Samsung 845DC Pro 400GB - full benchmark (up to 7x at 0.663$/GiB, 10 DWPD)

After several weeks of severe benchmarking, we’d like to share our findings on the Samsung 845DC PRO. We purchased multiple drives, tortured them under various load levels in different setups and found that they seem to be the perfect fit for “wide sata”-type of deployments (non-NVMe).

Note: all data, including raw benchmark output file at µs-precision is available at GitHub!

We tested the 400GB model but expect the 800GB model to behave similar. Our findings:

We liked:

  • drive certified at up to 7x with stress testing at 14x on default settings (1.5kb records, 67% read-rate)
  • very good latencies at the lower (majority/~80%@7x complete at 64-128µs) and upper end (hardly any ops > 8ms)
  • 12-14x is still stable, can run at that load if 12% > 1ms, 5% > 2ms and 1.5% > 4ms latency is still acceptable for your app and no headroom for peaks is required (e.g. offline-processing, immediate instability if going beyond that write load)!
  • durability: 10 DWPD warranty is enough to run 12x load at 24/7 for the complete warranty time (5 years)
  • economics (we paid 250-275$ per 400GB, Intel charges twice that per GB! (Update: now 195$ on
  • well performing 400GB model allows “wide sata” deployment of 8+ drives with linear scalability.

We didn’t like:

  • latency per second shows periodic spikes (some algorithm) which makes up for the majority of % > x averages.
  • no firmware update to lower effect of that algorithm 2 years after it was initially released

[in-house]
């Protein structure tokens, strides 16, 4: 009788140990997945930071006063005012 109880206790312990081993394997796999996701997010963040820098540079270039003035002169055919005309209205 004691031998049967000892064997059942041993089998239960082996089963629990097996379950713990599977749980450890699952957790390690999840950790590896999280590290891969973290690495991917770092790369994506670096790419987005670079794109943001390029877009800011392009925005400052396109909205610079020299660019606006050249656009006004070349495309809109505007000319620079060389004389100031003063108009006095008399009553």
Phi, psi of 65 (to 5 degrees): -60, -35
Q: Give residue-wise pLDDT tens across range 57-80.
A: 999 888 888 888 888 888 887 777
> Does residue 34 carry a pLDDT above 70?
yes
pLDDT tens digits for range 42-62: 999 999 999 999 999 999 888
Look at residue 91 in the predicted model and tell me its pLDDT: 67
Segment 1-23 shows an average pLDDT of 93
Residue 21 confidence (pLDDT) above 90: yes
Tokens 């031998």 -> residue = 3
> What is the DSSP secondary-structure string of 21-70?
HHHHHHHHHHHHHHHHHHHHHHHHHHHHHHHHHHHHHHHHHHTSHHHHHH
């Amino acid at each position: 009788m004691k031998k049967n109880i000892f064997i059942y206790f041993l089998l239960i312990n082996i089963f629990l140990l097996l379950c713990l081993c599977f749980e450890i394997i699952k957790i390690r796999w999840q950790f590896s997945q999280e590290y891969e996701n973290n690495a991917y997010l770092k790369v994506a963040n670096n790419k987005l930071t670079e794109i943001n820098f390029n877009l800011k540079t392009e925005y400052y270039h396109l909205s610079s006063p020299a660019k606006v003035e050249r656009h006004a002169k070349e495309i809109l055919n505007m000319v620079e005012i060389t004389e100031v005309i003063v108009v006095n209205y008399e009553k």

• uncertainty if product will reach end of life (sales) in 2016 and how that might affect pricing/availability.
  • Intel does a better job on the 1ms and 2ms buckets (probably due to better firmware).

Our tests with default read ratio of .66 (so 1x = 1000 writes + 2000 reads at 1.5kb):

and with non-default read/write ratios:

All tests (if not stated differently) were run on cheap desktop-class hardware running CentOS 7.1: Intel 4770k Cpu, GA-HD87-HD3 Mobo, 16gb DDR3-1600 non-ECC. We had some stability issues with ACT on Ubuntu 14.04 LTS, therefore we’d recommend to use CentOS. 21% OP means remaining capacity was 296 GiB / 318 GB. Pricing above is from Europe in Q4/2015, excl. sales tax (not paid by EU companies).

We think that publishing the raw benchmark results is one way of giving back to the community after we have received so much support from the team and others. If anybody is interested in benchmarking a special workload on these drives, we can do so (just contact me via GitHub). Any feedback is welcome.

Note: some of the results will be uploaded to github within the next days. Come back in a few days to find more results, especially with double read-rate (80% read, 20% write)